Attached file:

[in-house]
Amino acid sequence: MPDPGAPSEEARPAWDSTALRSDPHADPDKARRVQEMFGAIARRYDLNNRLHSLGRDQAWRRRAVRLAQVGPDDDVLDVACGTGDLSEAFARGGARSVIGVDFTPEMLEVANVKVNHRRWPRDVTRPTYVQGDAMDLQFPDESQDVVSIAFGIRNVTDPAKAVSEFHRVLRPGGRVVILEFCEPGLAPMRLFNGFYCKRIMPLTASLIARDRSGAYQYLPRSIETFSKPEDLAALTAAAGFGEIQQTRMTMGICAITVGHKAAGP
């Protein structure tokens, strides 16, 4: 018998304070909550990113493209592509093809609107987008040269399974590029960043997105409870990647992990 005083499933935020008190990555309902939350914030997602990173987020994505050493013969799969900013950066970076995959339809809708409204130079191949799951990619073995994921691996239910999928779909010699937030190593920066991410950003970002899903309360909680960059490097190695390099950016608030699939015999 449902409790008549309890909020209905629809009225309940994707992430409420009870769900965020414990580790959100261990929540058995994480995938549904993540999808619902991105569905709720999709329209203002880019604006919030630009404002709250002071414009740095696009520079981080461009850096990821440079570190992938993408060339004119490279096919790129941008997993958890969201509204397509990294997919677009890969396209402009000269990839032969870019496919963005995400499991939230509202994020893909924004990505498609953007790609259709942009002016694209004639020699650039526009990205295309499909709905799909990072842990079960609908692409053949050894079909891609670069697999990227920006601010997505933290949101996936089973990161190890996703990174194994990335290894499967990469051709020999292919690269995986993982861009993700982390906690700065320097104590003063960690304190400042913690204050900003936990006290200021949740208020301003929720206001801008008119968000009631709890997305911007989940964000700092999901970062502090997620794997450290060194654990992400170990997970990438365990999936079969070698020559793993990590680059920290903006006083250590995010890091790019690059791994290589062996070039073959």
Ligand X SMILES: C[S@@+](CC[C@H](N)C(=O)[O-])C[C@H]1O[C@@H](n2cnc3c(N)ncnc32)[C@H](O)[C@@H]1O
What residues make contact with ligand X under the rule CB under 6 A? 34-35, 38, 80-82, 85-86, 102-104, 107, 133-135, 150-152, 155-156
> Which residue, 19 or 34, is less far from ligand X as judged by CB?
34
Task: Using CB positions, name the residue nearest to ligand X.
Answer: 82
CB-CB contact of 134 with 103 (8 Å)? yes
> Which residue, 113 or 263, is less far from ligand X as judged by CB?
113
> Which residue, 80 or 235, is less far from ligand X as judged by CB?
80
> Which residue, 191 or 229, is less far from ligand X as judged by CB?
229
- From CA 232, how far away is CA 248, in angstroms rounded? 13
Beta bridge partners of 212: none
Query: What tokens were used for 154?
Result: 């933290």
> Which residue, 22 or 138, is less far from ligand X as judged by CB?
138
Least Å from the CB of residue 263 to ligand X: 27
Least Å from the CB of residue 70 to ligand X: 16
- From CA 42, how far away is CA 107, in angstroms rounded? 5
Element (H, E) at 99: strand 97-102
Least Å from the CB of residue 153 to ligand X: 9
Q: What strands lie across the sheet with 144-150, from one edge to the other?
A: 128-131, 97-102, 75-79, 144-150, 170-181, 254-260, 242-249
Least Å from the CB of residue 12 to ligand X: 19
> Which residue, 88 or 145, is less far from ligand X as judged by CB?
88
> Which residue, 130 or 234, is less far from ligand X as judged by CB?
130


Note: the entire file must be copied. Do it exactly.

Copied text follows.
[in-house]
Amino acid sequence: MPDPGAPSEEARPAWDSTALRSDPHADPDKARRVQEMFGAIARRYDLNNRLHSLGRDQAWRRRAVRLAQVGPDDDVLDVACGTGDLSEAFARGGARSVIGVDFTPEMLEVANVKVNHRRWPRDVTRPTYVQGDAMDLQFPDESQDVVSIAFGIRNVTDPAKAVSEFHRVLRPGGRVVILEFCEPGLAPMRLFNGFYCKRIMPLTASLIARDRSGAYQYLPRSIETFSKPEDLAALTAAAGFGEIQQTRMTMGICAITVGHKAAGP
């Protein structure tokens, strides 16, 4: 018998304070909550990113493209592509093809609107987008040269399974590029960043997105409870990647992990 005083499933935020008190990555309902939350914030997602990173987020994505050493013969799969900013950066970076995959339809809708409204130079191949799951990619073995994921691996239910999928779909010699937030190593920066991410950003970002899903309360909680960059490097190695390099950016608030699939015999 449902409790008549309890909020209905629809009225309940994707992430409420009870769900965020414990580790959100261990929540058995994480995938549904993540999808619902991105569905709720999709329209203002880019604006919030630009404002709250002071414009740095696009520079981080461009850096990821440079570190992938993408060339004119490279096919790129941008997993958890969201509204397509990294997919677009890969396209402009000269990839032969870019496919963005995400499991939230509202994020893909924004990505498609953007790609259709942009002016694209004639020699650039526009990205295309499909709905799909990072842990079960609908692409053949050894079909891609670069697999990227920006601010997505933290949101996936089973990161190890996703990174194994990335290894499967990469051709020999292919690269995986993982861009993700982390906690700065320097104590003063960690304190400042913690204050900003936990006290200021949740208020301003929720206001801008008119968000009631709890997305911007989940964000700092999901970062502090997620794997450290060194654990992400170990997970990438365990999936079969070698020559793993990590680059920290903006006083250590995010890091790019690059791994290589062996070039073959």
Ligand X SMILES: C[S@@+](CC[C@H](N)C(=O)[O-])C[C@H]1O[C@@H](n2cnc3c(N)ncnc32)[C@H](O)[C@@H]1O
What residues make contact with ligand X under the rule CB under 6 A? 34-35, 38, 80-82, 85-86, 102-104, 107, 133-135, 150-152, 155-156
> Which residue, 19 or 34, is less far from ligand X as judged by CB?
34
Task: Using CB positions, name the residue nearest to ligand X.
Answer: 82
CB-CB contact of 134 with 103 (8 Å)? yes
> Which residue, 113 or 263, is less far from ligand X as judged by CB?
113
> Which residue, 80 or 235, is less far from ligand X as judged by CB?
80
> Which residue, 191 or 229, is less far from ligand X as judged by CB?
229
- From CA 232, how far away is CA 248, in angstroms rounded? 13
Beta bridge partners of 212: none
Query: What tokens were used for 154?
Result: 């933290």
> Which residue, 22 or 138, is less far from ligand X as judged by CB?
138
Least Å from the CB of residue 263 to ligand X: 27
Least Å from the CB of residue 70 to ligand X: 16
- From CA 42, how far away is CA 107, in angstroms rounded? 5
Element (H, E) at 99: strand 97-102
Least Å from the CB of residue 153 to ligand X: 9
Q: What strands lie across the sheet with 144-150, from one edge to the other?
A: 128-131, 97-102, 75-79, 144-150, 170-181, 254-260, 242-249
Least Å from the CB of residue 12 to ligand X: 19
> Which residue, 88 or 145, is less far from ligand X as judged by CB?
88
> Which residue, 130 or 234, is less far from ligand X as judged by CB?
130